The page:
They Made It Happen! exhibition in the Heritage Gallery on the first floor of The Core Library, Solihull until 15th September 2018 celebrates the self-build housing associations which were set up by people so desperate for a home of their own to rent that they built their own, and then rented it from the housing association. At the time, they had no expectation of being able to buy the houses although, when regulations were relaxed a few years later, most were subsequently able to buy.
The first two Conservation Areas in Solihull – the centres of Solihull and Knowle – were declared as such on 28th June 1968, with a declaration appearing in the London Gazette, 2nd July 1968.
Three men with a local connection lost their lives on active service on 28th June 1918:
- Private Harry Cross, 1st Battalion, Duke of Cornwall’s Light Infantry
- Private Robert Henry Smith, 15th Battalion, Royal Warwickshire Regiment
- Private George Henry Taylor, 12th Battalion, Hampshire Regiment
25-year-old Corporal William Reginald Finley, 1st Life Guards, died of wounds on 20th May 1918 after being injured by an aerial bomb some days before. Born in Bentley Heath, Solihull in 1892, he was the only son of parents William Robert and Elizabeth (née Ravenhill) who had married in Aston in 1889. The couple also had four daughters.
Four local men lost their lives on 14th April 1918 whilst on active service. Private George Bellamy, Labour Corps; Gunner Francis Thomas East, 83rd Battery, 11th Brigade, Royal Field Artillery, Lance Corporal Walter Mucklow, 4th Battalion Worcestershire Regiment and Private John Tonks, 2nd/7th Battalion, Royal Warwickshire Regiment.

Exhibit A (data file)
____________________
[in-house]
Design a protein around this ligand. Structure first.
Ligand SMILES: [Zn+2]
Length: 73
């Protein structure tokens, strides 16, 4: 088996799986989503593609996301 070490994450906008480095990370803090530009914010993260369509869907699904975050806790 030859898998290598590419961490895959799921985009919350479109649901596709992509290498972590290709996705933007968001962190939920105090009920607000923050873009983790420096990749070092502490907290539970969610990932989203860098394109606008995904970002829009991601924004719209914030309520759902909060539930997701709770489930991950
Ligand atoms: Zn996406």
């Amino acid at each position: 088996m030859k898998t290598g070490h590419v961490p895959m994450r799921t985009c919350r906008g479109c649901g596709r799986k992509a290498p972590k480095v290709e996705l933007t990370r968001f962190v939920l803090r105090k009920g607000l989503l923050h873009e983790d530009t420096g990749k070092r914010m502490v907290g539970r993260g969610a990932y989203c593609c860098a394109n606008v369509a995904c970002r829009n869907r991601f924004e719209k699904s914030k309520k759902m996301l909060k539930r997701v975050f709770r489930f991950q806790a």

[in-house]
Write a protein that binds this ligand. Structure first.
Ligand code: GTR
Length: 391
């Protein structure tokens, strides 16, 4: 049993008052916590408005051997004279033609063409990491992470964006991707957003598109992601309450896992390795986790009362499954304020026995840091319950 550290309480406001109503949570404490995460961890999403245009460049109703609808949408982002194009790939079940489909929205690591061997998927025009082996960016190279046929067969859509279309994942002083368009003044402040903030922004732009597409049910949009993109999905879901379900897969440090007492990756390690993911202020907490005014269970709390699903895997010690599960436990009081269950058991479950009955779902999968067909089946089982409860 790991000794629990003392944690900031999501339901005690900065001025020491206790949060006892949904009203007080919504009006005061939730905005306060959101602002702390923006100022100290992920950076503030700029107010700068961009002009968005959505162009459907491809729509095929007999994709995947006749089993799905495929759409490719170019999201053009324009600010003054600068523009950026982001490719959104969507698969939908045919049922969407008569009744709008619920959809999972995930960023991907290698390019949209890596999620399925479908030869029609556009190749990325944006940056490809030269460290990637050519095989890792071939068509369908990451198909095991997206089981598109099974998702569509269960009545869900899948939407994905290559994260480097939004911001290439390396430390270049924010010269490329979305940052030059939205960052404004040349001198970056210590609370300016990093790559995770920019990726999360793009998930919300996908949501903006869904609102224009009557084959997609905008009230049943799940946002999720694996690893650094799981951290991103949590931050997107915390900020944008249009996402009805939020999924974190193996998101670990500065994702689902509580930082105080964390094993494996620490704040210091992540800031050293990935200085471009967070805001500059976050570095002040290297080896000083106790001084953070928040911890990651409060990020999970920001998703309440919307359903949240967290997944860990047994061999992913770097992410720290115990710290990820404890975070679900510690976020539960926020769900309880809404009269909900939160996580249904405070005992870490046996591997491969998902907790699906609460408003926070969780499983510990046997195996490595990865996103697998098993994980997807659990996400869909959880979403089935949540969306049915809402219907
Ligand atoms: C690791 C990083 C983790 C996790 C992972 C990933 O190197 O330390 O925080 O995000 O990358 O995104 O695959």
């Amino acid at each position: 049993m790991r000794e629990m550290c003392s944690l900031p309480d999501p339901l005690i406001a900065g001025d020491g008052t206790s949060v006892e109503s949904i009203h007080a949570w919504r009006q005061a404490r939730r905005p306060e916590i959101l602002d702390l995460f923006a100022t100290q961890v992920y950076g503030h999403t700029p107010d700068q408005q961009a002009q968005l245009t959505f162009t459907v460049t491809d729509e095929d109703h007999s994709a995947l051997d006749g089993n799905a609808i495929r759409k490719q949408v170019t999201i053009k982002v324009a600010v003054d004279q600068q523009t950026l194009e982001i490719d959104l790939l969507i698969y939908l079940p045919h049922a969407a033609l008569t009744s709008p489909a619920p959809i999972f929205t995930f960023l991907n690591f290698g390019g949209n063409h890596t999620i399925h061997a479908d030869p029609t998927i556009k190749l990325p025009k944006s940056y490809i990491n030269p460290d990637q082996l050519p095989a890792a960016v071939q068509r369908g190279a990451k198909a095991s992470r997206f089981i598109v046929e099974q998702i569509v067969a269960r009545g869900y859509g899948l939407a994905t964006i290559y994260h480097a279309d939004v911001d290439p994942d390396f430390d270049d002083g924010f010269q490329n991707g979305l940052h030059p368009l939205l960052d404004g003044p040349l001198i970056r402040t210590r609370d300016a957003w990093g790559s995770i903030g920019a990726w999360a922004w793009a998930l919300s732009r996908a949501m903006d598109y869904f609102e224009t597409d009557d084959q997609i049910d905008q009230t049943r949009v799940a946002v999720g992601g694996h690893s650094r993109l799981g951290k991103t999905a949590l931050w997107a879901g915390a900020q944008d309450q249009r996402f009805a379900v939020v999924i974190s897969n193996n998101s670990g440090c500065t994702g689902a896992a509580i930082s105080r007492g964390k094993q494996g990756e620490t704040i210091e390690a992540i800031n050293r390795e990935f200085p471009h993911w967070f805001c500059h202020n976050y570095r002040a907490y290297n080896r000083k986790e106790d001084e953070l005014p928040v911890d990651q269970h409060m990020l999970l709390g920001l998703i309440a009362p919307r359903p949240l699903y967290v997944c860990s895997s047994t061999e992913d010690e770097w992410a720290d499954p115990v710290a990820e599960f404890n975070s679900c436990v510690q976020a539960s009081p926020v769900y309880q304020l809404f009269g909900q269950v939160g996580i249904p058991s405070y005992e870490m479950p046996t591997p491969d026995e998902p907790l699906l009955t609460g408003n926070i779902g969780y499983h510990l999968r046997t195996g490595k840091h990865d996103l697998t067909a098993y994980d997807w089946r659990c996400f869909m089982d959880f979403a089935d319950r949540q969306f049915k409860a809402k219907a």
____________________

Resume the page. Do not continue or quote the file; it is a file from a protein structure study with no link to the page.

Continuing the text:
Two local men died on active service on 12th April 1918 – 20-year-old Private James Prentice, 1st Battalion, Wiltshire Regiment and 19-year-old Lance Bombardier Harvey Walter Watts, 378th Battery, 169th Brigade, Royal Field Artillery.
Private Arthur Noel Cox, 20th Hussars was killed in action on 1st April 1918. He was the youngest of 12 children of whom three had died by 1911. One of Arthur’s brothers – Edward John Cox, a regular soldier – had died in 1915 of illness, after being involved in the ‘Wayfarer incident’.
Gunner Alfred Bartlett, aged 40, died on 16th March 1918 whilst serving at Boyton Camp, Wiltshire with the 4th “B” Reserve Brigade, Royal Field Artillery. He was born in 1877 in Stow-on-the-Wold and was the third of the ten children of parents George and Elizabeth (née Webb) who had married in Elizabeth’s home parish of Great Rollright, Oxfordshire in 1871.
Staff Nurse Edith Mary Cammack, Territorial Force Nursing Service (TFNS), died at the 4th Southern General Hospital in Plymouth on 1st March 1918 as a result of dysentry and malaria contracted whilst on duty in Salonika with 30 Stationary Hospital.